The conflict is a familiar one no matter where you live in the world: Beautiful natural ecosystem where a vast amount plants and animals thrive is also the same land that a mining company wants to extract resources from.
Kudremukh National Park got its status in 1987. Unfortunately it was the target of Iron-ore extractions since the 1960s. Over the years instead of halting the mining, the company found ways to continue. That is -until a group of concerned and determined activists came together to bring about an end to the mining in 2005.
Niren Jain was part of this group that dared to take on the powerful forces in business and government. Their story is one of success but also struggle, as part of a battle that should be over, but somehow, finds new ways of carrying on.
Today on the podcast, in Mangalore, Karnataka, we hear the story of how mining was stopped in Kundremukh, and the aftermath of such a momentous achievement.
In the summer of 2011 we learned of the fairphone mission; to make the world’s first ethically responsible mobile phone. We spoke about the challenges, the steps, the people and places in the world that would be involved. Now, many months later, we revisit fairphone to get an update and hear about the interesting developments and ongoing initiatives. My guest and guide on this podcast is Bas van Abel of the Waag Society, who has been part of the fairphone initiative since the early days.
Freeport MacMoRan is the world’s lowest-cost copper producer and the largest gold producer in the world. Producer is a funny term, they pull it from the earth. I suppose the production label comes from everything they do to the stuff they take from the earth.. the processing.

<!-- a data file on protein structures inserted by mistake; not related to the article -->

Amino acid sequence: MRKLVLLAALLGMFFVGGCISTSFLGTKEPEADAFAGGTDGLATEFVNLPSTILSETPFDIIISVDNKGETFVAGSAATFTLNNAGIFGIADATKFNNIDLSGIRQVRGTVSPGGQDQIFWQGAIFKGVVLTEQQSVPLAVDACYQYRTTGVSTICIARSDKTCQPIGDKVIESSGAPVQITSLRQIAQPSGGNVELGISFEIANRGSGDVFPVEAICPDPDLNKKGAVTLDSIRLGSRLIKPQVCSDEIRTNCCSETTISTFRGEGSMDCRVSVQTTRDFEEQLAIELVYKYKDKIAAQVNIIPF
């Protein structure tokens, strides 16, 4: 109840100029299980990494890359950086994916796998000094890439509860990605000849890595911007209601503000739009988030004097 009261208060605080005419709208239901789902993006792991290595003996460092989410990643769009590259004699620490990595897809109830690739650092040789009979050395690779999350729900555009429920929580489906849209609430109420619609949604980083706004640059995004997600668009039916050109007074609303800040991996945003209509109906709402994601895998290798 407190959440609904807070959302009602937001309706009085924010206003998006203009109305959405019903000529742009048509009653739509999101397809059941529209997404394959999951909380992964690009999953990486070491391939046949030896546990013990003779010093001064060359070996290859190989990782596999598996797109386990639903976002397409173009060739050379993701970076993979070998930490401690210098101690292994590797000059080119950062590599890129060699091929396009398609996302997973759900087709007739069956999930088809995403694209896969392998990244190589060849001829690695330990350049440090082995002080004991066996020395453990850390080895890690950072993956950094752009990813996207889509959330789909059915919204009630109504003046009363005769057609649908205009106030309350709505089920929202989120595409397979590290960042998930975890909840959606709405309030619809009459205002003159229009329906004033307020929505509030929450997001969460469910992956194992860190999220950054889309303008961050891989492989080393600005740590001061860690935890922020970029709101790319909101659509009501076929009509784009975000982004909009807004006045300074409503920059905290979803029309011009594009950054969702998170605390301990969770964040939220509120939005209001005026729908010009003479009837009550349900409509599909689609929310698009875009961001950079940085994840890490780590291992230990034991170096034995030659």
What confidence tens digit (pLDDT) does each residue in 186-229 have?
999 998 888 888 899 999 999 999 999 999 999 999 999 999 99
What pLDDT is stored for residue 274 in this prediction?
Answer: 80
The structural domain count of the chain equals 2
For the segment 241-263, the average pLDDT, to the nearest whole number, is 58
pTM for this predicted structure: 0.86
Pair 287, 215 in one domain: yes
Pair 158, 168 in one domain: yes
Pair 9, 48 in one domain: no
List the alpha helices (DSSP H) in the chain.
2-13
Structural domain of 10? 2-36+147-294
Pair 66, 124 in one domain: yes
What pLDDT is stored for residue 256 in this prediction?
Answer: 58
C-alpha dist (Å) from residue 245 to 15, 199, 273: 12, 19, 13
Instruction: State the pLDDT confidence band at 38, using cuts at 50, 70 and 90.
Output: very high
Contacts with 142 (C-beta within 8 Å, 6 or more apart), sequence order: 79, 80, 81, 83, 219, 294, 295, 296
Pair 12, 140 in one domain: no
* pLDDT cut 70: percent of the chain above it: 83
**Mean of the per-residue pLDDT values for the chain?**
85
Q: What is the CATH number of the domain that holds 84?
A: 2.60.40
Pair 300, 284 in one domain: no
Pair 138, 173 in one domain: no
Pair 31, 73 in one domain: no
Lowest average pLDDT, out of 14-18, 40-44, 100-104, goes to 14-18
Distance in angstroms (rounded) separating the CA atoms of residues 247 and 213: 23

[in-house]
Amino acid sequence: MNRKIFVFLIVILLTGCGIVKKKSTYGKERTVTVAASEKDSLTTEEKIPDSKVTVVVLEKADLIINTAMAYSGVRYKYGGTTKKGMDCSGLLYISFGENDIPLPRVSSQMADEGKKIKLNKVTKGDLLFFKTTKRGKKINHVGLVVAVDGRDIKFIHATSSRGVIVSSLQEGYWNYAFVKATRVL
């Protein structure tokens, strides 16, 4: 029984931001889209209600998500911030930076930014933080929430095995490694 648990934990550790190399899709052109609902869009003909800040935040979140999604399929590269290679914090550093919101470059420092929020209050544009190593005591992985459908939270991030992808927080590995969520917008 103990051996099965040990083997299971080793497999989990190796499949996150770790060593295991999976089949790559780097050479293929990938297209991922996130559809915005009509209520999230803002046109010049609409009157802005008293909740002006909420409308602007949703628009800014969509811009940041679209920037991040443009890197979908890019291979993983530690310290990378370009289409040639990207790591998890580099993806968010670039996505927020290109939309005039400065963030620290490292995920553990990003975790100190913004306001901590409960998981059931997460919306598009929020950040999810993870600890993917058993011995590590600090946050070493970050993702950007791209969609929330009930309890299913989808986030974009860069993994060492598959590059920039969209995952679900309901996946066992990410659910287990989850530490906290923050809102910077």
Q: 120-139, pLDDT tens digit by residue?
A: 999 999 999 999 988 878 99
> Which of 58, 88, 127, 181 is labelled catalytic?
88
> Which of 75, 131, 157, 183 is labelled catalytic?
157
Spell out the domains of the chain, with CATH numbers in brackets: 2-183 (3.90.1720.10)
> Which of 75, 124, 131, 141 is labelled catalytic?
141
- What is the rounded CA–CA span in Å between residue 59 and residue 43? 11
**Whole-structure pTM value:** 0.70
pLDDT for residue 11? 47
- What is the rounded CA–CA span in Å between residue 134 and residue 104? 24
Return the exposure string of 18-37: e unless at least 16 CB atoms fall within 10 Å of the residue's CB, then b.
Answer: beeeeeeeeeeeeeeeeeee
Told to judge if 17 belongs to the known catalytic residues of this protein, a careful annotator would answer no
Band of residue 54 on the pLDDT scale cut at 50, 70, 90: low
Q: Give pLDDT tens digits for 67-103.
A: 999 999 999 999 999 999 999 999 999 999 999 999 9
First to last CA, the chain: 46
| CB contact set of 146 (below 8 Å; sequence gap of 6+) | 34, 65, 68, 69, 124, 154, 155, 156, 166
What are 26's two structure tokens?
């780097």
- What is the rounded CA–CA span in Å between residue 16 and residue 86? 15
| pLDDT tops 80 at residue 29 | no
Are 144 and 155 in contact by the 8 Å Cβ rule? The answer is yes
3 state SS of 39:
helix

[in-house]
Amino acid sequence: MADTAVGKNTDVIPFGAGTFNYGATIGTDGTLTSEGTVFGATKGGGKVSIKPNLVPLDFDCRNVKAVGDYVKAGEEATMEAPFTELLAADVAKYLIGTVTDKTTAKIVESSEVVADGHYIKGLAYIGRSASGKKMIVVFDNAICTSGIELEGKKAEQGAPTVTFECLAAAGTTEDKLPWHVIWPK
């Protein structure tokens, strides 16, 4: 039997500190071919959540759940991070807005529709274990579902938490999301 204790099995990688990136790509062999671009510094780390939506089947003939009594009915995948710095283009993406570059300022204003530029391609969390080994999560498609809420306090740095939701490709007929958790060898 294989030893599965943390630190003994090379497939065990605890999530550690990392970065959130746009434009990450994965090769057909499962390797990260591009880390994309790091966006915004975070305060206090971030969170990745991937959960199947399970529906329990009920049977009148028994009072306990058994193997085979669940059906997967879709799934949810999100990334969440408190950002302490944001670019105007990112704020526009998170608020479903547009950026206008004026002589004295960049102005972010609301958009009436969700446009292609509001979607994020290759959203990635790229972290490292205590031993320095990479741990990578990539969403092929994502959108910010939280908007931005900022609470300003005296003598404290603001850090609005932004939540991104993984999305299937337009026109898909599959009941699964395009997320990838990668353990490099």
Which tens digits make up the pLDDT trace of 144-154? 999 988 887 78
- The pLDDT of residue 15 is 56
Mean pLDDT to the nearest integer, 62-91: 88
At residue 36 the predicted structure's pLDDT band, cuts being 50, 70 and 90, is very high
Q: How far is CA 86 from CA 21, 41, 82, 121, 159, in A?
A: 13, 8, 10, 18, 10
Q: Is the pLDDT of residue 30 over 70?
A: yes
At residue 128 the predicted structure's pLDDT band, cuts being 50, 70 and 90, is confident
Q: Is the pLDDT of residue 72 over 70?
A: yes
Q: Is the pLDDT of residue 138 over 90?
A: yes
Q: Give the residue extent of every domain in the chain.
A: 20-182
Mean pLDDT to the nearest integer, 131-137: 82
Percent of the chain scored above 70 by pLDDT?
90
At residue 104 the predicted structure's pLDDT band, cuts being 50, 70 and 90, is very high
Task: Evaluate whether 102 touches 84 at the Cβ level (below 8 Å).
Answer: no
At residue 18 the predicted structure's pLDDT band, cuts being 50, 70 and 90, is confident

The company is almost 100 years old with its headquarters in Arizona, but of course its operations are located all over the world. Freeport operates the largest copper mine in the world, the Grasberg Mining Complex in West Papua, a province of Indonesia.
West Papua has long been the stage for conflict, where the Indonesian government uses whatever means at its disposal to keep the independence movement down. For many Papuan people the mine is a major part of that conflict, due to the massive environmental damage it causes on their territory, the lack of financial benefit or return to the region, and the use of notorious elements of the Indonesian Military to handle security. Since 2002 there have been several incidents involving the shooting deaths of workers at the plant.
For the past two months workers at the mine have been on strike, demanding better wages. According to Reuters, their current payrate is $1.5 to $3 an hour. They are now demanding that it be raised to $12.50 to $37 an hour. Recent demonstrations by the workers have attracted crowds numbering around 8,000. According to the Jakarta Post, during one of those demonstrations police fired into the crowd and killed 2 workers. The paper also reports that Freeport had been trying to fire all the workers and have them replaced, a tactic an Indonesian Minister said would be a violation of their labor laws.
Freeport is number 136 on the Forbes Fortune 500 list, with over $4 billion in profit for 2010. They have been heavily criticized by human rights organizations and corruption watchdogs for their payments to the Indonesian Government and the Military in an effort to maintain the status quo and quell labor disputes at their mine. The millions of dollars in lost revenue are often mentioned in the media for every day their mine is shut. What does their copper go into? The list is massive and touches on many aspects of our everyday lives in the western world.
Earlier this year Michael Schaap went to DRCongo as part of the Fairphone fact finding mission. The goal was to better understand how the minerals that make up our technology, our mobile phones, are mined and how they travel from miners up through all the middle people and eventually to the mobile phone producers. Can this process be carried out ethically? Where people are not taken advantage of or abused while doing their work and earning a living? Michael saw first hand how this process works and where things could perhaps change. But does the organization have the resources and support to achieve their goals? What lessons came out of the visit to Katanga?